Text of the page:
From cult classics to forgotten gems, artists pick the one album they consider essential listening.
James Dean Bradfield Manic Street Preachers on...Guns N' Roses Appetite For Destruction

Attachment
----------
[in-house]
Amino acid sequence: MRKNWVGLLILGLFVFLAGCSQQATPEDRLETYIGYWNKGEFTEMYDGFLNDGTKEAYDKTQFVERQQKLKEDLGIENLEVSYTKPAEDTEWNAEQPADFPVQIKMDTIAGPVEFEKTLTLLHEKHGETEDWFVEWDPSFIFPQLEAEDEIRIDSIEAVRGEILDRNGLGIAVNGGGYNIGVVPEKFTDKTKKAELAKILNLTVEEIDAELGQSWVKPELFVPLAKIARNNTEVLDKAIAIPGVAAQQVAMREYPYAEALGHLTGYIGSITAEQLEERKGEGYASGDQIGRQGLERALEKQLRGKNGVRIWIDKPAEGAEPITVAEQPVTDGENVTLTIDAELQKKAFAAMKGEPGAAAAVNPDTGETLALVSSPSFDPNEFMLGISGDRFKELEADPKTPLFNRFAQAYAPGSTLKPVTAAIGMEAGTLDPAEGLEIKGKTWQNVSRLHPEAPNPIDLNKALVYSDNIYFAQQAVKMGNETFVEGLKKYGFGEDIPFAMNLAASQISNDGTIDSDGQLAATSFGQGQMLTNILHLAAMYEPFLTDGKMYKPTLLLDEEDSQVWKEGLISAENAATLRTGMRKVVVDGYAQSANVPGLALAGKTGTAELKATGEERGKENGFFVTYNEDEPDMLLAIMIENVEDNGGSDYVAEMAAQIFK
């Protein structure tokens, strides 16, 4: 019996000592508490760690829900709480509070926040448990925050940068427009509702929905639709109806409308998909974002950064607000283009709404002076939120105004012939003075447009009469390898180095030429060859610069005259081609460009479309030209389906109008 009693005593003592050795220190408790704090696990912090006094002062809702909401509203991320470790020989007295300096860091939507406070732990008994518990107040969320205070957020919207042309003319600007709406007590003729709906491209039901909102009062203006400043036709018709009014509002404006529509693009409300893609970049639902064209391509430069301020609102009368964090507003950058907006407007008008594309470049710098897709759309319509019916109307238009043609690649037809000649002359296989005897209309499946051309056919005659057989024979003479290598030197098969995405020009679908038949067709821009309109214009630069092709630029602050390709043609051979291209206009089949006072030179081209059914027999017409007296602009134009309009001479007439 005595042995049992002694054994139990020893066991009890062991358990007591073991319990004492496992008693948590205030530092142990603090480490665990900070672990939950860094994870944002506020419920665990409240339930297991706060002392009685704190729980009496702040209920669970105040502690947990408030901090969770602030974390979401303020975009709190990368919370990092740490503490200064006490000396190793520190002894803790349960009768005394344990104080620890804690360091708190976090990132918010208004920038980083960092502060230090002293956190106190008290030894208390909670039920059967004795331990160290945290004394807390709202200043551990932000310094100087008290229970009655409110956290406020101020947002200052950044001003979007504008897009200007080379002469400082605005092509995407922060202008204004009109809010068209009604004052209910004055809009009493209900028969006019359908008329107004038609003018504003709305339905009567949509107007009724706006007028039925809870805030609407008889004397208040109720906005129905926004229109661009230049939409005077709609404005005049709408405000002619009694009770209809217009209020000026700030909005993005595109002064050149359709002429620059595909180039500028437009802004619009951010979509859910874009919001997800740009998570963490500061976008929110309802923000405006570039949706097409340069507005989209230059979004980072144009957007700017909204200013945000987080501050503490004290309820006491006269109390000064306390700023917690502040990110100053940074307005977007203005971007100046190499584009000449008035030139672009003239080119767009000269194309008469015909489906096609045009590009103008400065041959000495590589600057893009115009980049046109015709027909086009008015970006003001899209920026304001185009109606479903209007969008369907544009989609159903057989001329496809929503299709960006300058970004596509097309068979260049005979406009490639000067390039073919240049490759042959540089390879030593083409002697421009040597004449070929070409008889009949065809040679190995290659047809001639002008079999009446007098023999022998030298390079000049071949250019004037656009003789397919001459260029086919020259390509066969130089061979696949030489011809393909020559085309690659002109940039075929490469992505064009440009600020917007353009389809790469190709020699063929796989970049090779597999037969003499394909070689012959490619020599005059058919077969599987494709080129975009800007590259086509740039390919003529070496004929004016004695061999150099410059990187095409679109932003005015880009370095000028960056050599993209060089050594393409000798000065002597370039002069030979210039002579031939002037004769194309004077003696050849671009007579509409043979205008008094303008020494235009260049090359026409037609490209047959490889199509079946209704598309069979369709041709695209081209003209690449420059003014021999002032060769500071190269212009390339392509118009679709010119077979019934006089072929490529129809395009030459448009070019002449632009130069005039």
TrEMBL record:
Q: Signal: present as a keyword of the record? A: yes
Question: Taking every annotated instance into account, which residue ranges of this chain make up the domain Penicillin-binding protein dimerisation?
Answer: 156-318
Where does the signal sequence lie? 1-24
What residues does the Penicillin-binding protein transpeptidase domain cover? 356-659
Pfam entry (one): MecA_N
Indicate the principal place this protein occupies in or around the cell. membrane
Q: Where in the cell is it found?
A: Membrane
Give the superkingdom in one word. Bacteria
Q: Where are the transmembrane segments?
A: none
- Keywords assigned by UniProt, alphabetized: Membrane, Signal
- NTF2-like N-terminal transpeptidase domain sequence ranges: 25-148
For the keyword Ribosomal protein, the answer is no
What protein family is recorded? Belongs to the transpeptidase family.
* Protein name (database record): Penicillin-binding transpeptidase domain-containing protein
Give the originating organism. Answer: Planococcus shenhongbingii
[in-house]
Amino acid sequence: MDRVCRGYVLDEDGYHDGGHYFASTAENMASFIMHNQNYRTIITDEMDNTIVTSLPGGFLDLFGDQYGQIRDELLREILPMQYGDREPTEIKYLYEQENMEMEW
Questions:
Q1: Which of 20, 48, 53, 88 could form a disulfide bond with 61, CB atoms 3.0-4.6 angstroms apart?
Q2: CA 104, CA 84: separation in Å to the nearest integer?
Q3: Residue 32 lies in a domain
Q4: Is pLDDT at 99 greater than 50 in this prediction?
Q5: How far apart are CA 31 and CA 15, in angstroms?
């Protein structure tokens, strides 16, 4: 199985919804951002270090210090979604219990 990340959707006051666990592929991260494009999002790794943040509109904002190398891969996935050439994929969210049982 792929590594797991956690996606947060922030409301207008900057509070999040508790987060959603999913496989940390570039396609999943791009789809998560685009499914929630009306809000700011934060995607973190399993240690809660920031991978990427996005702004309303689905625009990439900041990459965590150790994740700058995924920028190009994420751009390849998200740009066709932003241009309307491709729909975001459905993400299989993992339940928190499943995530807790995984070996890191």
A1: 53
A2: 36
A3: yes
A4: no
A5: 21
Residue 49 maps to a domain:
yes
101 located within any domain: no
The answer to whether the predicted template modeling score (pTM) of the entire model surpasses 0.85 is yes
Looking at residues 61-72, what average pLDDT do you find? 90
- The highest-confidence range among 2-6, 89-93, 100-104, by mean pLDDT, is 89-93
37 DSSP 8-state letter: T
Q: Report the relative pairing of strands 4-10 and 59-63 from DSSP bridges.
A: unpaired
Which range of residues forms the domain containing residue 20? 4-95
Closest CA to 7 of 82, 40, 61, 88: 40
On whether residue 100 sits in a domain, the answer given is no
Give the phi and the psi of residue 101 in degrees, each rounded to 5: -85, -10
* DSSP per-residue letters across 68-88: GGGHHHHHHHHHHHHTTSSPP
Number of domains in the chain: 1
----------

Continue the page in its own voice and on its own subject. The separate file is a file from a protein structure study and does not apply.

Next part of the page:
"By this time, I'd gone past the point of the naivety of punk and began to see through the iconoclastic thing of trying to destroy. I didn't want us to have that horrible anti-star ethic that 'anyone can do it'. I wanted us to keep the basic premise of punk, but be quite snotty too. For me, Axl Rose and Slash replicated the Jagger/Richards axis. Slash was such a big, lumbering bloke but really gentle too - millions of contradictions, but everyone just thought he was a twat in a top hat. This was an incredibly romantic time for me. Nicky and Richey were still in university, and when my parents were out at work, I'd just shut the curtains and learn this whole album on guitar. 'Sweet Child O' Mine' has become so strongly associated with Slash, and I wanted to create something that people would immediately identify with my guitar. That was probably the biggest motivation for 'Motorcycle Emptiness'. Pretty egotistical, I suppose."